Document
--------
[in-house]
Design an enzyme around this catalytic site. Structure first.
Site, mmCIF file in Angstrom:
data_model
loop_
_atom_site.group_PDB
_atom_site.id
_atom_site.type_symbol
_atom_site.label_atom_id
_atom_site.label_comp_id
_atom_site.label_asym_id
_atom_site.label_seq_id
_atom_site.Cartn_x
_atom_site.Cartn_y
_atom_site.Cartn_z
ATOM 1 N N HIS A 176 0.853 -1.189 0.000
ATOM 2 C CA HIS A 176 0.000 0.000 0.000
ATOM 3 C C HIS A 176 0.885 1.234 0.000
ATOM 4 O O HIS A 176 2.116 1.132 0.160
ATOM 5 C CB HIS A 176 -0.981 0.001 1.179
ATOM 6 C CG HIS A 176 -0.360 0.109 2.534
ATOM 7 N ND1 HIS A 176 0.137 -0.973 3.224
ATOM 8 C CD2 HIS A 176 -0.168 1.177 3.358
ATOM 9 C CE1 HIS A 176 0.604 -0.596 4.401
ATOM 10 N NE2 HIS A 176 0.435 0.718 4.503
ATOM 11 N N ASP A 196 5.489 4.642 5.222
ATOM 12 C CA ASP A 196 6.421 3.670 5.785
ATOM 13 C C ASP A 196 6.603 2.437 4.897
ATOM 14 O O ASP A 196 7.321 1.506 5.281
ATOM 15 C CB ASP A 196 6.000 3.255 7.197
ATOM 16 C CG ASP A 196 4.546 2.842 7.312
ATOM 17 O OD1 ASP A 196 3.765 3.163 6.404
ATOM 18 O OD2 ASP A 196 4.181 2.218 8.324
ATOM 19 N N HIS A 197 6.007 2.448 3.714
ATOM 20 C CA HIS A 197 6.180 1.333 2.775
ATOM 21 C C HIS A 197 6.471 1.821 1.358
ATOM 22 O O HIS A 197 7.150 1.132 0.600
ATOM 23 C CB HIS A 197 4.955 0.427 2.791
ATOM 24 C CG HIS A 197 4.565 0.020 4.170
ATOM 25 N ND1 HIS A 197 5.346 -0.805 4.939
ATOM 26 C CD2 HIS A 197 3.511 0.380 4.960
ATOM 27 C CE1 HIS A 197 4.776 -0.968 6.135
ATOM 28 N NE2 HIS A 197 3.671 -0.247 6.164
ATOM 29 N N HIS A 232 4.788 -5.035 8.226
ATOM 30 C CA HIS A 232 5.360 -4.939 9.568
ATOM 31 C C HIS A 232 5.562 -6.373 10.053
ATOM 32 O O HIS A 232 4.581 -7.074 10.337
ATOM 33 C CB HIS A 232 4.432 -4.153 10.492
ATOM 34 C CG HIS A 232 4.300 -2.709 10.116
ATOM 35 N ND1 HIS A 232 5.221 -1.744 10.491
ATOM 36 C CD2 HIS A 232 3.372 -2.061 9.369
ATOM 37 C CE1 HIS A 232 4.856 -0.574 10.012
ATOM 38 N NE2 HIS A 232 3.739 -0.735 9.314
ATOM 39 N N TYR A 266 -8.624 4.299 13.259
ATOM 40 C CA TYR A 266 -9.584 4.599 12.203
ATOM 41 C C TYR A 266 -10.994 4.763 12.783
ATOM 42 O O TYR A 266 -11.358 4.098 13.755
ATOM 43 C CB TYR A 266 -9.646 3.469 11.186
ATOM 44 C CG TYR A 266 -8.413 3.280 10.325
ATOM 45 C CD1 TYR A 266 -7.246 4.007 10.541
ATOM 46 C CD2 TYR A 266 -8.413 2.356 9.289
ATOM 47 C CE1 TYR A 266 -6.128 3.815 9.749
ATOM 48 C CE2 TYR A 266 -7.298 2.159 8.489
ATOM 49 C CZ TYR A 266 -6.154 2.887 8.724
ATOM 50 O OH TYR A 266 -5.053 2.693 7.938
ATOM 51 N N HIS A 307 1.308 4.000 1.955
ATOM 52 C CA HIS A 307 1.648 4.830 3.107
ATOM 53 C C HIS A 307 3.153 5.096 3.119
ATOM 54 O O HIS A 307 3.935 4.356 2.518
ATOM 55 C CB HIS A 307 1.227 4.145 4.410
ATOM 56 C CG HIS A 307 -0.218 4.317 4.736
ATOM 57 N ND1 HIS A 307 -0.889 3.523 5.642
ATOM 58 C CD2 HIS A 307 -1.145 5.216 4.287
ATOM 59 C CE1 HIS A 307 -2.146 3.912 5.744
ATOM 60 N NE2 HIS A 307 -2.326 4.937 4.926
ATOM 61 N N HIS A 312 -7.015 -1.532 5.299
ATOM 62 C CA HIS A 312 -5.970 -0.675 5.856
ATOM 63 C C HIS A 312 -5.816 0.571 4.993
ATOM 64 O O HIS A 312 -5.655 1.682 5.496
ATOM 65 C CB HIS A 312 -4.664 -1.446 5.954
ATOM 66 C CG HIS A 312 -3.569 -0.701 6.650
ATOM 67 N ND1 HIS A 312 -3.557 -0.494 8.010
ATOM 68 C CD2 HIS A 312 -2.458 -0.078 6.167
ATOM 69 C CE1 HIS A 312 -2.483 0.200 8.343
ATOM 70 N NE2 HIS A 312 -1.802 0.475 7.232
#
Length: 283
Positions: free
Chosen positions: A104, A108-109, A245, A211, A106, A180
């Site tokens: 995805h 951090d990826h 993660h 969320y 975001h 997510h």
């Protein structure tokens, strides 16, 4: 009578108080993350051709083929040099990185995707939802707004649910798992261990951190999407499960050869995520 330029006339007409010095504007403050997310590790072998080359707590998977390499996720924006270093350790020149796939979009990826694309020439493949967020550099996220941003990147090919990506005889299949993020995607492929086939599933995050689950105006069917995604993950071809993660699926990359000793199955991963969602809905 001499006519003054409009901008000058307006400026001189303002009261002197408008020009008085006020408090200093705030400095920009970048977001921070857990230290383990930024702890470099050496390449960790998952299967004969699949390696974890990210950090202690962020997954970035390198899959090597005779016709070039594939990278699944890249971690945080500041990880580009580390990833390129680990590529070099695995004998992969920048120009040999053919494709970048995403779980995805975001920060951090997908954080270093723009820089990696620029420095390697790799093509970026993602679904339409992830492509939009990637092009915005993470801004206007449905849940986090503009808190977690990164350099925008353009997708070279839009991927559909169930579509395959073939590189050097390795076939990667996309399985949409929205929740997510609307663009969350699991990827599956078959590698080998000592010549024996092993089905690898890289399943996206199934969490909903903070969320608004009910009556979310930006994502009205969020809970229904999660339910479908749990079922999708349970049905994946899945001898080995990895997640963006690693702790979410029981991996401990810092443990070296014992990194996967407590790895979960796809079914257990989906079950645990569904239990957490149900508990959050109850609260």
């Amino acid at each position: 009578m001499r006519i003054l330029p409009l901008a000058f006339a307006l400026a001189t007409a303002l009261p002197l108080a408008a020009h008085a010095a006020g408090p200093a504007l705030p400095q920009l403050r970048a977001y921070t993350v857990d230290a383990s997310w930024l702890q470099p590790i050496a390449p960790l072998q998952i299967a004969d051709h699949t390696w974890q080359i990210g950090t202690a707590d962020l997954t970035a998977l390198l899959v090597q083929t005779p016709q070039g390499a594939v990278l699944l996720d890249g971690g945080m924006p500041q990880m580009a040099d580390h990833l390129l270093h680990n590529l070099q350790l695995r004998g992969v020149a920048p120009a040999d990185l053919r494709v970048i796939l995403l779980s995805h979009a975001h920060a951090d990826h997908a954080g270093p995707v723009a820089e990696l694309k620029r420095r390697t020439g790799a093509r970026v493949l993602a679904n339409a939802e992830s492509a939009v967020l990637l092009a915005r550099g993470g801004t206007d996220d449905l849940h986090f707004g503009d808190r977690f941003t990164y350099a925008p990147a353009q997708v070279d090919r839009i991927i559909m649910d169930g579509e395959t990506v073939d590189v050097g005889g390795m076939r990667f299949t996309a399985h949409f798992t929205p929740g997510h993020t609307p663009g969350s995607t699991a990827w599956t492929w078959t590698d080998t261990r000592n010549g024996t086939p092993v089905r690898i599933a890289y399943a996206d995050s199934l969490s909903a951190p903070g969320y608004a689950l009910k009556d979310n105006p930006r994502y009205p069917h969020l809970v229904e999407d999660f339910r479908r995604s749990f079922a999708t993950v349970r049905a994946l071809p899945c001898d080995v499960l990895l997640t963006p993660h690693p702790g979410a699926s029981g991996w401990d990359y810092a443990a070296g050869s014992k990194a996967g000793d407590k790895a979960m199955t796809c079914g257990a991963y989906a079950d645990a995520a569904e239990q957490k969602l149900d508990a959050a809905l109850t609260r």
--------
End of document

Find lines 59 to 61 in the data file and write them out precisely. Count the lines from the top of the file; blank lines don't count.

ATOM 44 C CG TYR A 266 -8.413 3.280 10.325
ATOM 45 C CD1 TYR A 266 -7.246 4.007 10.541
ATOM 46 C CD2 TYR A 266 -8.413 2.356 9.289